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Three issues with the case for banning laptops - Casting Out Nines - The Chronicle of Higher Education

Three issues with the case for banning laptops - Casting Out Nines - The Chronicle of Higher Education | Teacher Tools and Tips | Scoop.it

This article, “The Case for Banning Laptops in the Classroom”, written by Dan Rockmore for The New Yorker, has been getting considerable airtime on social media this week. As a classroom instructor I can certainly attest to the power of technology to distract and interfere with student learning. But I had three issues with the “case” being made.

Sharrock's insight:

excerpt: "1. Because the headline focuses on banning laptops from the classroom, it’s easy to miss this very important point made in the article:

These examples [of how learning is negatively affected by the presence of technology] can be seen as the progeny of an ill-conceived union of twenty-first-century tools (computers, tablets, smartphones) with nineteenth-century modalities (lectures). I’m not discussing the “flipped classroom,” wherein lectures are accessed outside of class on digital devices and the classroom is used as a discussion and problem-solving forum. Massive Open Online Courses (MOOCs) and other forms of online learning can release learning from the restrictions of time, space, and, to some degree, money. Nor am I surveying the wide range of software and apps that are available, many of which have ably engaged new learners and engendered new and creative habits of mind. [Emphasis mine]

In other words: The real problem is not laptops per se but the unstable mixture of a certain kind of technology with a certain kind of pedagogy – namely, lecture. Indeed one of the studies quoted in the article is titled “The laptop and the lecture”. Rockmore is absolutely right to point out that there are other pedagogies for which technology is a natural fit and can serve to multiply, rather than divide, student learning.

So, question: If the problem isn’t laptops, why is it that laptops are the things to be banned? Shouldn’t there be a parallel case for banning, or at least significantly modifying, the lecture pedagogy with which laptops are clashing?"

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Nine Principles for Using Measures of Effective Teaching

The data set, reports, analysis, practical insights and tools that were developed throughout the course of the project has been shared to research and practitioner community as well as policy makers. The easy access to data and practical insights provided through this project are helping to support teachers and students in classrooms today.


Via Nik Peachey, Anna Hu
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Ivon Prefontaine's curator insight, September 30, 2013 12:24 PM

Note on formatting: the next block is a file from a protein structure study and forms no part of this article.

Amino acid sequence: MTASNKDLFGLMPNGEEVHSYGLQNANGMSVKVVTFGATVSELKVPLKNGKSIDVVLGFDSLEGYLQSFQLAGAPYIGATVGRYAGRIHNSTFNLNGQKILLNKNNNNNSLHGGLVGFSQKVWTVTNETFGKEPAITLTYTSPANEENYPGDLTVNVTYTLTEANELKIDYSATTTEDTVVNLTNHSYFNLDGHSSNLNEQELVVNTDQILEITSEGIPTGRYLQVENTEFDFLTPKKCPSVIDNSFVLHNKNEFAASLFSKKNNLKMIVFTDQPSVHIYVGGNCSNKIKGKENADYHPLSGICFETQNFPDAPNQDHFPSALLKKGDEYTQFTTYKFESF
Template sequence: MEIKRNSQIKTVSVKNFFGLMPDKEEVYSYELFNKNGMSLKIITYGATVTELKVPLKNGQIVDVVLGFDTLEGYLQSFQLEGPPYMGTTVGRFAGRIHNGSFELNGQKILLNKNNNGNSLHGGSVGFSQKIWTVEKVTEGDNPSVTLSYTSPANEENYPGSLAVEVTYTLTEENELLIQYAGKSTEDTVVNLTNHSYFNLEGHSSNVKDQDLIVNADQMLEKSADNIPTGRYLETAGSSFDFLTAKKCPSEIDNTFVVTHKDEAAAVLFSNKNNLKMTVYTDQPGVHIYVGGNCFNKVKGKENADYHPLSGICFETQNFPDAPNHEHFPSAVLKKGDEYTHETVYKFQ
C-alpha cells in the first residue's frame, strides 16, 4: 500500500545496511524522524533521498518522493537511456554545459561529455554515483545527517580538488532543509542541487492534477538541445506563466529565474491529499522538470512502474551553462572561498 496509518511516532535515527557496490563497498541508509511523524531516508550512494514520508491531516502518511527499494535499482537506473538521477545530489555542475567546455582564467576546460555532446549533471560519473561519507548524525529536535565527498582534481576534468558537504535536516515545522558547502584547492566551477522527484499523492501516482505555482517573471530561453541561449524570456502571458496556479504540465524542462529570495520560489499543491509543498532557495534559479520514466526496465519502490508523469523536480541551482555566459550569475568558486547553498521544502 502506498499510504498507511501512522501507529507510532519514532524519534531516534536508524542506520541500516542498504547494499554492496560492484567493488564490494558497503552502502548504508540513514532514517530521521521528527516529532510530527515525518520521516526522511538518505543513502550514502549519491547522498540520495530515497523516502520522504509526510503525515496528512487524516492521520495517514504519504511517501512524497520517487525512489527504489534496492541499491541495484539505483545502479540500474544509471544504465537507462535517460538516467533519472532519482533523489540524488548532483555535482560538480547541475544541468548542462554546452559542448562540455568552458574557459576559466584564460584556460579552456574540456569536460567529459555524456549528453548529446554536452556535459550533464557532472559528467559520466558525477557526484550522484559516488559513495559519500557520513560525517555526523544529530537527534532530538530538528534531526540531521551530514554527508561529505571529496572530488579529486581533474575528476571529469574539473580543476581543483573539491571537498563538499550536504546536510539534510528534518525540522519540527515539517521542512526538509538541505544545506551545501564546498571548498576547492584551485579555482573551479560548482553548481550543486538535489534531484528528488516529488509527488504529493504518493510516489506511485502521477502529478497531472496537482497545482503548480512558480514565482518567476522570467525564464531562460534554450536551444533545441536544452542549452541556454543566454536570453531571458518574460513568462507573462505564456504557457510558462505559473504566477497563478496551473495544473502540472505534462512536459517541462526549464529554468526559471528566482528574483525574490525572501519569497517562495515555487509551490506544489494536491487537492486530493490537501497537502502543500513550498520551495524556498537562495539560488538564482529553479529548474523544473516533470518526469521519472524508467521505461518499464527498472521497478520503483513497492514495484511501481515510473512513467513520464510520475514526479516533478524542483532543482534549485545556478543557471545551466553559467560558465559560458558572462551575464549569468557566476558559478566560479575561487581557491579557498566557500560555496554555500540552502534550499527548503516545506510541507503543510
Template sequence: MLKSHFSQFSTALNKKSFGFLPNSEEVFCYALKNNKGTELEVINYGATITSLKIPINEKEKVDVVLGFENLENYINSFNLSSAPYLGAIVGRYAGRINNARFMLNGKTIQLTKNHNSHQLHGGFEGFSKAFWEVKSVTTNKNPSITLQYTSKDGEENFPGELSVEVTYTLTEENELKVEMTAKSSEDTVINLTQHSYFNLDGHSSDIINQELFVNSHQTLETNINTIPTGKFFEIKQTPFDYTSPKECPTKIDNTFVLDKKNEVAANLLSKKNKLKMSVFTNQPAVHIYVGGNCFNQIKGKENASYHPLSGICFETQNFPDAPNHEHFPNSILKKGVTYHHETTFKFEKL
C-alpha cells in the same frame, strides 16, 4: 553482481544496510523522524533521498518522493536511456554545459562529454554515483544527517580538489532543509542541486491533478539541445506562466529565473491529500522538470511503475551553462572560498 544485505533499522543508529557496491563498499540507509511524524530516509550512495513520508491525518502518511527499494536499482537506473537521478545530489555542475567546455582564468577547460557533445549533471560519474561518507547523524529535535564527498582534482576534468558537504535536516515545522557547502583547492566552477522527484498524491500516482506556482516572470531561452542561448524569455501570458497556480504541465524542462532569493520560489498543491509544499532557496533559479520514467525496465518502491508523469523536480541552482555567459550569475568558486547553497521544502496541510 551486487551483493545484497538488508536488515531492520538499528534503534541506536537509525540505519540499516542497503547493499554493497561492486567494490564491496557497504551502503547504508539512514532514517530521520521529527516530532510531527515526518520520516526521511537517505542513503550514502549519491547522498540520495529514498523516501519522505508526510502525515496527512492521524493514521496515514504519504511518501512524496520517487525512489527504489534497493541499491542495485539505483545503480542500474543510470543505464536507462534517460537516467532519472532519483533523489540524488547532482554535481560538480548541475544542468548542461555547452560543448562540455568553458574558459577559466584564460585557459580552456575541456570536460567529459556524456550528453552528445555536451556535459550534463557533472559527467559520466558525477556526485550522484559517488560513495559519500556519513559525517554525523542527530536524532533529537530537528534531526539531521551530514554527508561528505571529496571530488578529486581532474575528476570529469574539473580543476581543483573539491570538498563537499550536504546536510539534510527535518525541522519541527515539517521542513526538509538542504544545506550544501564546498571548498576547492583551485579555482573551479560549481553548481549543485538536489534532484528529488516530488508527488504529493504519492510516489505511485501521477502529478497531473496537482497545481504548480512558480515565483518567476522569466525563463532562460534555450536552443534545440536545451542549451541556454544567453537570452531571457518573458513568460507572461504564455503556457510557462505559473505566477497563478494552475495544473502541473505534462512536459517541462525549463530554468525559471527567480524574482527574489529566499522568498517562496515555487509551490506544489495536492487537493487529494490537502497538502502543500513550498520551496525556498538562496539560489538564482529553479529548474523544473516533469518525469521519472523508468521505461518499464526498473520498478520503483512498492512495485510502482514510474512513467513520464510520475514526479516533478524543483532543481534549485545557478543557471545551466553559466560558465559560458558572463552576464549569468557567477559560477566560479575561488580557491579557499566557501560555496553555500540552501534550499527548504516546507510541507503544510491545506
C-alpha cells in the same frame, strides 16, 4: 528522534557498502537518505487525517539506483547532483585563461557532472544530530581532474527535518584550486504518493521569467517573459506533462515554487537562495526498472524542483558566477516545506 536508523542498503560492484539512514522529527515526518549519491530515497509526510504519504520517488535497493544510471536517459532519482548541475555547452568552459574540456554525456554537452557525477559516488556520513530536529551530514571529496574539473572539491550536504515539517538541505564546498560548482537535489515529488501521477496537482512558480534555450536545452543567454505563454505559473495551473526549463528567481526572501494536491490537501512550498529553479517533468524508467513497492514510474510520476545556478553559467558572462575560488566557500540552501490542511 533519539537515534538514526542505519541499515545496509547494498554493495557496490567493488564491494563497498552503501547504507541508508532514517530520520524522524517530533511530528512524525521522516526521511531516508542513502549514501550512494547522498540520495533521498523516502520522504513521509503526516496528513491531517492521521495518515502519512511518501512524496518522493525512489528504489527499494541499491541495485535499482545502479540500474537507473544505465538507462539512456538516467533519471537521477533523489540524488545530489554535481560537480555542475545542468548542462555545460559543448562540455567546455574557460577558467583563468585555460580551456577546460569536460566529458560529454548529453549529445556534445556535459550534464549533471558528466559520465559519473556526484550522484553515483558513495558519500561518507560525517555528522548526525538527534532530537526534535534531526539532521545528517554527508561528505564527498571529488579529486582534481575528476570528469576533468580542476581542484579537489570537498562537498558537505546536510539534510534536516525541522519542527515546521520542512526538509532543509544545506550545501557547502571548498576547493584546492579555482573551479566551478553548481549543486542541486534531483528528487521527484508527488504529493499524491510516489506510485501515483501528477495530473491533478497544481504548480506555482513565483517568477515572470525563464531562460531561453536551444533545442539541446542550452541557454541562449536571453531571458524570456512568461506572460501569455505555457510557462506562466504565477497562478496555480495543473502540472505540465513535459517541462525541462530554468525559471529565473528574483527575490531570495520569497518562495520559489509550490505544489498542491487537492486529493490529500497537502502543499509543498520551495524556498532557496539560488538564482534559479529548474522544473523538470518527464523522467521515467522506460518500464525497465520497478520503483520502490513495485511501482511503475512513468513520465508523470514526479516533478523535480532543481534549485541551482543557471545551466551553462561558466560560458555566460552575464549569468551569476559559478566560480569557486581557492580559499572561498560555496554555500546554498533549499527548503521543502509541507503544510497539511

It will be interesting to see if these are picked up on and then how they are implemented.

María Dolores Díaz Noguera's curator insight, October 1, 2013 5:02 AM

amazing

Rose Garofano's curator insight, October 16, 2013 8:24 PM

a reflective teacher equals student improvement

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How to Trust Your Students

How to Trust Your Students | Teacher Tools and Tips | Scoop.it

When teachers trust their students, their pedagogy changes.

Progressive Instruction: Teachers are more willing to engage in constructivist practices, according to the dissertation research of Virginia Louise Durnford, because progressive practices require instructors to trust that "children are capable of creating their own knowledge" (Rainer, Guyton, & Bowen, 2000, p.10).Increased Differentiation: Classroom professionals are more likely to reshape old methods of instruction and try alternative strategies. They empower students who want to follow individual paths to content mastery.Democratization: They share more control of the class with students (Goddard, Tschannen-Moran, & Hoy, 2001).Improved Practice: Teachers seek out professional development (Tschannen-Moran, 2004) and grow their abilities.
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As Data Floods In, Massive Open Online Courses Evolve | MIT Technology Review

As Data Floods In, Massive Open Online Courses Evolve | MIT Technology Review | Teacher Tools and Tips | Scoop.it
As online education companies track students’ behavior and experiment with different delivery methods, assumptions about effectiveness are being challenged.
Sharrock's insight:

from the article: "Much of the performance research is motivated by a desire to increase course completion rates, which hover around 10 percent, according to most MOOC providers and figures from academics who have taught using the courses."

 

While reading the article, the last thing I expected to learn was that course completion was so low. The second to last thing was that many of the problems were based on issues with computer literacy. 

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